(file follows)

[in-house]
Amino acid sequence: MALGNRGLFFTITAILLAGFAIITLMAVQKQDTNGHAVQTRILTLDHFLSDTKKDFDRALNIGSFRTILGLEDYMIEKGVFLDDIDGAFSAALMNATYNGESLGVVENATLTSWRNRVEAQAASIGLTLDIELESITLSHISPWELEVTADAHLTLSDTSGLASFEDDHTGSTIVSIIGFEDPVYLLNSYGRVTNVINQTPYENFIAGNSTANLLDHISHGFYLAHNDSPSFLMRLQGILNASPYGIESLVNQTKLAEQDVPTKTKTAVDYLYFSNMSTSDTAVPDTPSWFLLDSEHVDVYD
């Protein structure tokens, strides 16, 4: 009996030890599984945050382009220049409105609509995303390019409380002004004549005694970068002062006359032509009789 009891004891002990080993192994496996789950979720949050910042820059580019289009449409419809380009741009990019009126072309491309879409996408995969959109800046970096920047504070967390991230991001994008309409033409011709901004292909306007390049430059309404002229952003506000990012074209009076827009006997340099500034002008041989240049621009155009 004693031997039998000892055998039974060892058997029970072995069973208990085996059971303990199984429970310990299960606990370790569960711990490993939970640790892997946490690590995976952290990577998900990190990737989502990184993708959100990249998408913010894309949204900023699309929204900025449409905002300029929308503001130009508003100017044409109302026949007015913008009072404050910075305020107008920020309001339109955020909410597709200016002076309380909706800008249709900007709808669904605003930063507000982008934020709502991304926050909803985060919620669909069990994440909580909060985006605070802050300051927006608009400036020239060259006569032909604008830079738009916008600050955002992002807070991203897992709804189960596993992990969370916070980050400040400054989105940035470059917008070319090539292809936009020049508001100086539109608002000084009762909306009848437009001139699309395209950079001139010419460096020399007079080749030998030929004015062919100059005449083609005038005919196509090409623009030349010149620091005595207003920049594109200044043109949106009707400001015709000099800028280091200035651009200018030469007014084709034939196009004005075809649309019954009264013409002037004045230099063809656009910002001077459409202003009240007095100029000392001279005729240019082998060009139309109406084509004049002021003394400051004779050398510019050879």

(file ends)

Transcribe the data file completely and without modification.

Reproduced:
[in-house]
Amino acid sequence: MALGNRGLFFTITAILLAGFAIITLMAVQKQDTNGHAVQTRILTLDHFLSDTKKDFDRALNIGSFRTILGLEDYMIEKGVFLDDIDGAFSAALMNATYNGESLGVVENATLTSWRNRVEAQAASIGLTLDIELESITLSHISPWELEVTADAHLTLSDTSGLASFEDDHTGSTIVSIIGFEDPVYLLNSYGRVTNVINQTPYENFIAGNSTANLLDHISHGFYLAHNDSPSFLMRLQGILNASPYGIESLVNQTKLAEQDVPTKTKTAVDYLYFSNMSTSDTAVPDTPSWFLLDSEHVDVYD
């Protein structure tokens, strides 16, 4: 009996030890599984945050382009220049409105609509995303390019409380002004004549005694970068002062006359032509009789 009891004891002990080993192994496996789950979720949050910042820059580019289009449409419809380009741009990019009126072309491309879409996408995969959109800046970096920047504070967390991230991001994008309409033409011709901004292909306007390049430059309404002229952003506000990012074209009076827009006997340099500034002008041989240049621009155009 004693031997039998000892055998039974060892058997029970072995069973208990085996059971303990199984429970310990299960606990370790569960711990490993939970640790892997946490690590995976952290990577998900990190990737989502990184993708959100990249998408913010894309949204900023699309929204900025449409905002300029929308503001130009508003100017044409109302026949007015913008009072404050910075305020107008920020309001339109955020909410597709200016002076309380909706800008249709900007709808669904605003930063507000982008934020709502991304926050909803985060919620669909069990994440909580909060985006605070802050300051927006608009400036020239060259006569032909604008830079738009916008600050955002992002807070991203897992709804189960596993992990969370916070980050400040400054989105940035470059917008070319090539292809936009020049508001100086539109608002000084009762909306009848437009001139699309395209950079001139010419460096020399007079080749030998030929004015062919100059005449083609005038005919196509090409623009030349010149620091005595207003920049594109200044043109949106009707400001015709000099800028280091200035651009200018030469007014084709034939196009004005075809649309019954009264013409002037004045230099063809656009910002001077459409202003009240007095100029000392001279005729240019082998060009139309109406084509004049002021003394400051004779050398510019050879």